last edits Jan 5
<< The Tripoli Massacres
<< The Khamis Brigade Shed Massacre
This post will seek to sort out a narrower slice of the shed massacre witness list, one tight little knot among many worthy of untangling on its own.
Leap One: Dr. Salim is Dr. Salem
is actually Dr. Salem al Farjani of Tripoli Medical Center, cleverly revealing his first name and "Dr." title while obscuring his identity otherwise. He gets the nick-name "See-through Salem."
Al Farjani was at the time travelling to mass grave and massacre sites to investigate what he always "found" to be loyalist crimes, and would soon, by late November, be appointed to keep doing that for the new Libyan government. And here he is recounting under a thin pseudonym some of the same "facts" he'll be "finding" later and helping to make official about the single most prominent and poignant among them. (See, in fact, his acknowledgment from Physicians for Human Rights, for one, in understanding this massacre they devoted a whole fancy report to).
Among the shed massacre "witnesses," Dr. Rajub was already in his own unique space, being the only witness who brought forth another witness, an alleged escapee who remained unnamed. Speaking to Sky News correspondent Stuart Ramsay for the second time on Saturday August 27 (apparently the witness wasn't quite ready before the the first broadcast), Dr. Salim walked up with his left arm around the man's shoulder, and then translated for him, from Arabic to English.
The edit makes the man's story seem amazingly vague, with nothing about his captivity, the massacre's start, or just how he escaped. It only starts with Salim saying "7 -- 10 to 11" people "tried to escape," then which ways people ran upon fleeing the shed, and how some of them were wounded then executed on the way. He closed strangely with "this place was for executing the people who are exactly refusing to kill the other people, the civilian people."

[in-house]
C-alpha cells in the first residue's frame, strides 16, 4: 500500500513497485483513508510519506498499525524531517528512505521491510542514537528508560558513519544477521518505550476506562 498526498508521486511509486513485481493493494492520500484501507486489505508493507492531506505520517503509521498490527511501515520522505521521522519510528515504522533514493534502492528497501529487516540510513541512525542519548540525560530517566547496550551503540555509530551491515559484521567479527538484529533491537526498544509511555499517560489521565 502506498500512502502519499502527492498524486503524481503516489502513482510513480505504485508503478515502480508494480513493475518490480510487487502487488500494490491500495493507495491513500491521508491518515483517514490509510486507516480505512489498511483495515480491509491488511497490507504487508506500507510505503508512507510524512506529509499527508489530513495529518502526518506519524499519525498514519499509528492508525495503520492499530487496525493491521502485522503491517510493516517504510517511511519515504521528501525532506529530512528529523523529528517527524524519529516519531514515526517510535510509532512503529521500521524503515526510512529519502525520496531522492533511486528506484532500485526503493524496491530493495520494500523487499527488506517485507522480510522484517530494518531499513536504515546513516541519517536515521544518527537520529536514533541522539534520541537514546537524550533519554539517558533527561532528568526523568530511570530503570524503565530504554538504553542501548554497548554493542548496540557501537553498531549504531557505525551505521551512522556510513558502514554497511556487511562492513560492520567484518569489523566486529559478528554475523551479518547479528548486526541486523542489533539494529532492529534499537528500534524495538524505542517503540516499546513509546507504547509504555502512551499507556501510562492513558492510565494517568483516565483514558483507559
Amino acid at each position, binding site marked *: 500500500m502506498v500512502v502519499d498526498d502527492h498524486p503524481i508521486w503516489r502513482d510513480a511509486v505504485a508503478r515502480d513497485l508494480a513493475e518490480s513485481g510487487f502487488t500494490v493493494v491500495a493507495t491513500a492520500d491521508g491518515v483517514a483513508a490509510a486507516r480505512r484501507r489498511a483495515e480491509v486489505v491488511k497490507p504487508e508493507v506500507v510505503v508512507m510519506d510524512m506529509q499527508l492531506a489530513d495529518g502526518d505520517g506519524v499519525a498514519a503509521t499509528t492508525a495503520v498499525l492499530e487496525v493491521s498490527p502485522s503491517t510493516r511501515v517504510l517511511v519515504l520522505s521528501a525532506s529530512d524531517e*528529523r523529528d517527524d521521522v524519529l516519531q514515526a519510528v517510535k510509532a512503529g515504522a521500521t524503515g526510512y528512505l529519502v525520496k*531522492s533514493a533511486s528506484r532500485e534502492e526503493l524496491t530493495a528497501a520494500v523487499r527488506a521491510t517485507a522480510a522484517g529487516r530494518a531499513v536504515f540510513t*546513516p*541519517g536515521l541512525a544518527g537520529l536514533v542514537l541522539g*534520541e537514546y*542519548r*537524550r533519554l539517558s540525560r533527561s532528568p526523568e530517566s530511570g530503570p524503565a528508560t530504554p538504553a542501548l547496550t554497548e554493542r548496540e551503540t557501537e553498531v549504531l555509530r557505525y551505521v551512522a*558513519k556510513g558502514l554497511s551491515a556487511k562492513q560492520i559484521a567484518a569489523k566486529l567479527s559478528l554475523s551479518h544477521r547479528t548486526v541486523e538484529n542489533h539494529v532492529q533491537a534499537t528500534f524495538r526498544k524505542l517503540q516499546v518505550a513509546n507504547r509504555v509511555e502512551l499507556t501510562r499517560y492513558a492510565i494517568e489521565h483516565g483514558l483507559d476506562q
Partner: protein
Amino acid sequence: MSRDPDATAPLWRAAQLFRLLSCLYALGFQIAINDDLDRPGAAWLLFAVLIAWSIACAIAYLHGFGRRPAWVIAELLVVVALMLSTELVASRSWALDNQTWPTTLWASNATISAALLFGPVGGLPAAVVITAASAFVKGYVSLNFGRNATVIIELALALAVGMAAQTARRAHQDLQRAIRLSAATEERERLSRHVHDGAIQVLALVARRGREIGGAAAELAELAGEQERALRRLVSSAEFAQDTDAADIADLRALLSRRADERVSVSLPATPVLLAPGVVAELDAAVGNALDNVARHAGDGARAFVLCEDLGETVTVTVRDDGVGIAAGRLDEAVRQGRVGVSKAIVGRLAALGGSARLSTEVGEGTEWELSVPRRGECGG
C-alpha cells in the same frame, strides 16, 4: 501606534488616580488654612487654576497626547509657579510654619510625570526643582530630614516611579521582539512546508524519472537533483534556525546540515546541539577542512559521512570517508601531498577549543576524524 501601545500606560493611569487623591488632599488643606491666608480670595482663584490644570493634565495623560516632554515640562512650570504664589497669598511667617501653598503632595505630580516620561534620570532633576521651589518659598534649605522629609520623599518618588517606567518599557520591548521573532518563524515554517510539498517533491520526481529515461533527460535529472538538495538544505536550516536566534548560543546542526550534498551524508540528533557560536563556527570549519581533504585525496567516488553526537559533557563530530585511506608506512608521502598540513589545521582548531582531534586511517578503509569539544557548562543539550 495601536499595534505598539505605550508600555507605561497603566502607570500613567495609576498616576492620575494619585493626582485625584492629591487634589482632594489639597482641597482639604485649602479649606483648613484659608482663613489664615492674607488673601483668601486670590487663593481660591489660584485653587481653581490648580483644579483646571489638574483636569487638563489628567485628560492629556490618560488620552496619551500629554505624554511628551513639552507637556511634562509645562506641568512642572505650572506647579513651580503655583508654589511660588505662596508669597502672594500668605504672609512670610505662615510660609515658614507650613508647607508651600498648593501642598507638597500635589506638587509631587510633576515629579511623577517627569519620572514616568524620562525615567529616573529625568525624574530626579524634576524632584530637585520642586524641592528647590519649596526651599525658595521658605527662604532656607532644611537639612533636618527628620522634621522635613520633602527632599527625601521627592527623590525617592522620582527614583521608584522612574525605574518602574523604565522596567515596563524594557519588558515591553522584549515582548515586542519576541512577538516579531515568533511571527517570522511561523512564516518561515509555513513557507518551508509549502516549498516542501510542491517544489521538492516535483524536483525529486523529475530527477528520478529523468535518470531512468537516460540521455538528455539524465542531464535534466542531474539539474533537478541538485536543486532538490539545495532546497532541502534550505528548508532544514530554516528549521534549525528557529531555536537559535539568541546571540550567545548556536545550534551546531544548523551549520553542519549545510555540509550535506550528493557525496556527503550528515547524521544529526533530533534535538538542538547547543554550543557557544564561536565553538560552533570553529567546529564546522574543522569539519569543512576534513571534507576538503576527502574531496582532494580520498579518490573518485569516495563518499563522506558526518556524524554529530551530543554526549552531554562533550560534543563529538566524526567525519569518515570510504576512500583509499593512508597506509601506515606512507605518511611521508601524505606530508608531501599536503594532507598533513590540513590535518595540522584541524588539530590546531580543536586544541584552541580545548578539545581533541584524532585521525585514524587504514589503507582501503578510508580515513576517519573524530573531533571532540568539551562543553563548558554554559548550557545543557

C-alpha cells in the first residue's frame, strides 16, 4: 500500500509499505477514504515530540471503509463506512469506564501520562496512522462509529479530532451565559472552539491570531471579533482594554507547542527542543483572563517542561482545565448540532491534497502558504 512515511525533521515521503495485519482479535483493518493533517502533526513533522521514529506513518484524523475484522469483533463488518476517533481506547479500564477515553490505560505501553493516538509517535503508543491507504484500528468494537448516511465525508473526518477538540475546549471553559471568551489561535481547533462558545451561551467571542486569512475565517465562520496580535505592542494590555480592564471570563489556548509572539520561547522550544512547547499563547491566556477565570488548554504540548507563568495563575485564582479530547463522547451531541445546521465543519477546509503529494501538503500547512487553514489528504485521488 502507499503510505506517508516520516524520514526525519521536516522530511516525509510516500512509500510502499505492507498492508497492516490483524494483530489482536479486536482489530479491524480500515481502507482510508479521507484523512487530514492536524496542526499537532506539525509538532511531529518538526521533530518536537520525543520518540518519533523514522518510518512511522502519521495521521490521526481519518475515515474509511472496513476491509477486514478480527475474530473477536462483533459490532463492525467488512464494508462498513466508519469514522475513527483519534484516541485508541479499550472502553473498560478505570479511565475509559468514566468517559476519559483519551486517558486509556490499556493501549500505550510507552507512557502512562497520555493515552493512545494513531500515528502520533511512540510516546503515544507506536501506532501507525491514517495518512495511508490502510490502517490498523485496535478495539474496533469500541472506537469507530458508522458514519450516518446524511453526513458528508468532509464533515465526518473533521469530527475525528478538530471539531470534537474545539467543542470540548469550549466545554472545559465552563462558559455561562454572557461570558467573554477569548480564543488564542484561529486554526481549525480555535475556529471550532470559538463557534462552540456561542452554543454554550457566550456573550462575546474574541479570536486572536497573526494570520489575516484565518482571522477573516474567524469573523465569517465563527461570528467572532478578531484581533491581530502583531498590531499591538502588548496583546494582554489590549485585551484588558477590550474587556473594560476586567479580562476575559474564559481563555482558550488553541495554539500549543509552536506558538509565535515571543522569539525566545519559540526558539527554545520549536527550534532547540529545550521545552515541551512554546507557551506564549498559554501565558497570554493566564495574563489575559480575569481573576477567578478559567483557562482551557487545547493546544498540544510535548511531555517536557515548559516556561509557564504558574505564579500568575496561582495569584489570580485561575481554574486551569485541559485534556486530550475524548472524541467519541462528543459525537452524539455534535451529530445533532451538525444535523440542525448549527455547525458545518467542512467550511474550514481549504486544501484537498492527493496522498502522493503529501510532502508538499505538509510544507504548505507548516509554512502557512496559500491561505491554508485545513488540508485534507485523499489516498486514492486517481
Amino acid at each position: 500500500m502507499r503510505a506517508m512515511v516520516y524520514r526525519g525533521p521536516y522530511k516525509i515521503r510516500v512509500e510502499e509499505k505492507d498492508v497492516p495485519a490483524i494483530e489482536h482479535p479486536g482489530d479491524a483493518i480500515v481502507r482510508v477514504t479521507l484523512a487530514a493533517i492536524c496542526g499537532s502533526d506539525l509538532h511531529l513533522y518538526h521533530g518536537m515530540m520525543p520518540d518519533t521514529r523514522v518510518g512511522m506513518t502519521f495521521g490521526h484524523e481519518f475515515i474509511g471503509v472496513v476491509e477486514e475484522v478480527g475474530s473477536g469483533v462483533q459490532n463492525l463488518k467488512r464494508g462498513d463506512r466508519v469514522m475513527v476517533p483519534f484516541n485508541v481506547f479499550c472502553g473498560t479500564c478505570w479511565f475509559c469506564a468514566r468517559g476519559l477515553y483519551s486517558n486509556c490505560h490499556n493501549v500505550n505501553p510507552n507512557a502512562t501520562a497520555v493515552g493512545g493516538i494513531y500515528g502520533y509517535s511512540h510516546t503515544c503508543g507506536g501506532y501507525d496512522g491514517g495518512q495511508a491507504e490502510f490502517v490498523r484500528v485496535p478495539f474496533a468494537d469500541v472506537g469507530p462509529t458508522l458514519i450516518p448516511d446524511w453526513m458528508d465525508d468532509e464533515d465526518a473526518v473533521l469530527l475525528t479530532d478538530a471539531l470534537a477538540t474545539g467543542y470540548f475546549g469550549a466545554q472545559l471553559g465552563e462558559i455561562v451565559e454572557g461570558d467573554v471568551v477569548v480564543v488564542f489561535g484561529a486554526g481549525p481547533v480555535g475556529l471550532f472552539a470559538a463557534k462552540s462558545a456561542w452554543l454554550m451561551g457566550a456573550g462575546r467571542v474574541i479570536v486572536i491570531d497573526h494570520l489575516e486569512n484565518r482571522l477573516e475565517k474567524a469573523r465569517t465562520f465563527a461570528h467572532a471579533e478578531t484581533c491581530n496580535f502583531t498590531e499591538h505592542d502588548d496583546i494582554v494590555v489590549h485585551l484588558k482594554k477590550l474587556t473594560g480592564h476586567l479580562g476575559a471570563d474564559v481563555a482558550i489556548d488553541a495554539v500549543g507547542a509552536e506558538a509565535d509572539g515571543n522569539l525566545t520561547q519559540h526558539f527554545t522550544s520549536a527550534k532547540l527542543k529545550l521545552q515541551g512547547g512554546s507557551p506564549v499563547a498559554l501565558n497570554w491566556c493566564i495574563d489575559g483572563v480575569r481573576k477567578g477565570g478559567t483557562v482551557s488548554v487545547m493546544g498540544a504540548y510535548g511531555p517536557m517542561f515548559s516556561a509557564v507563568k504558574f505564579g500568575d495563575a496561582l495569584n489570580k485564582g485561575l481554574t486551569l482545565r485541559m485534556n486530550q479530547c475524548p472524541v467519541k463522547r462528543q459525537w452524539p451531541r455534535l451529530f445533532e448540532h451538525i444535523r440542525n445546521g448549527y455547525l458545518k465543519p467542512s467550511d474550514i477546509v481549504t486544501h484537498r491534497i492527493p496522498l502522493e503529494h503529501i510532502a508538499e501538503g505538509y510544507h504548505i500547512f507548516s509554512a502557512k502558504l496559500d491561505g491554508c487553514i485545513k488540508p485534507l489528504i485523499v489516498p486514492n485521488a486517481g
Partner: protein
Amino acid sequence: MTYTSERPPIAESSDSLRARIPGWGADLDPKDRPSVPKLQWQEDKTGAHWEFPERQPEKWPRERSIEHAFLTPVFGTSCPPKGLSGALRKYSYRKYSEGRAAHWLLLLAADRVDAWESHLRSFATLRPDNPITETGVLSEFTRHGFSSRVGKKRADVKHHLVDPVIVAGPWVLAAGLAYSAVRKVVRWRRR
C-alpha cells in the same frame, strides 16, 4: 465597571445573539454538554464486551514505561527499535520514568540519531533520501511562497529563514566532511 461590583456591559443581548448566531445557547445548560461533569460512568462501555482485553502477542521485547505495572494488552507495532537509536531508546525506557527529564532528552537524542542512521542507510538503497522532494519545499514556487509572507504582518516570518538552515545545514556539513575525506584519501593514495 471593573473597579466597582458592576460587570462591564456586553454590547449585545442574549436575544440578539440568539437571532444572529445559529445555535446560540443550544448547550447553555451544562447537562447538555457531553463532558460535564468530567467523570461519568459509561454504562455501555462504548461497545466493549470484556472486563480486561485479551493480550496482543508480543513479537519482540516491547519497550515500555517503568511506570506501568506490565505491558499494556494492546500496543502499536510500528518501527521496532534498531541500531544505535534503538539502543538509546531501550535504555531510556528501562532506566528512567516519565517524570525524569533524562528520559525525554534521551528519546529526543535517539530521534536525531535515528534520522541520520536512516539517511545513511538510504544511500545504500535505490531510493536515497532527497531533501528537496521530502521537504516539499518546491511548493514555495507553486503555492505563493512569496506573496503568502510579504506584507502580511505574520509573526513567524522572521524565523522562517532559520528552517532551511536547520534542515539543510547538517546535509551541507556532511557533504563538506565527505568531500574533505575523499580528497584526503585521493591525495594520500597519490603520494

Leap Two: Atiri is El Hitri
Also on the 27th (four days after the massacre), New York Times writer Robert F. Worth spoke with a man of interest (among several other strange people) who was named but not shown, Mustafa Abdullah Atiri, a 26-year old lawyer. By his account as well as approximate name, age, and profession, I decided he's clearly the same as Mustafa Abdullah el Hitri, who was mentioned in the Autralian on the 29th. No photographs were provided of either man to make a visual link. Only a different, believable, transliteration of family name and a different age (forgot he was was 27 now instead of 26?) stand in the way of concluding this leap is quite valid, and he wasn't even trying to give a different identity.
The Australian ran an article from Anthony Loyd, from the Times (of London?). His escaped witness el Hitri had some background on his brief detention at the shed (four days only), the beatings, torture, and emasculating humiliation they were subjected to there. He told of being locked in one of the prison trucks in the compound yard, only taken into the shed on the 23rd, to be killed with the others, one presumes. During that brief walk, Atiri happened to see Khamis Gaddafi right there, giving orders of some kind, generally believed to be the orders to kill them all (basis of possible War Crimes trials for Khamis...).
El Hitri is the only witness to notice the Leader's son, or to recall the man who saved his life later, the heroic guard "Abdul Razak." During the massacre, Razak became "sickened by the killing," and made the decision to open the locked doors while the killers went to re-load. He told anyone still alive to make a run for it, and they did.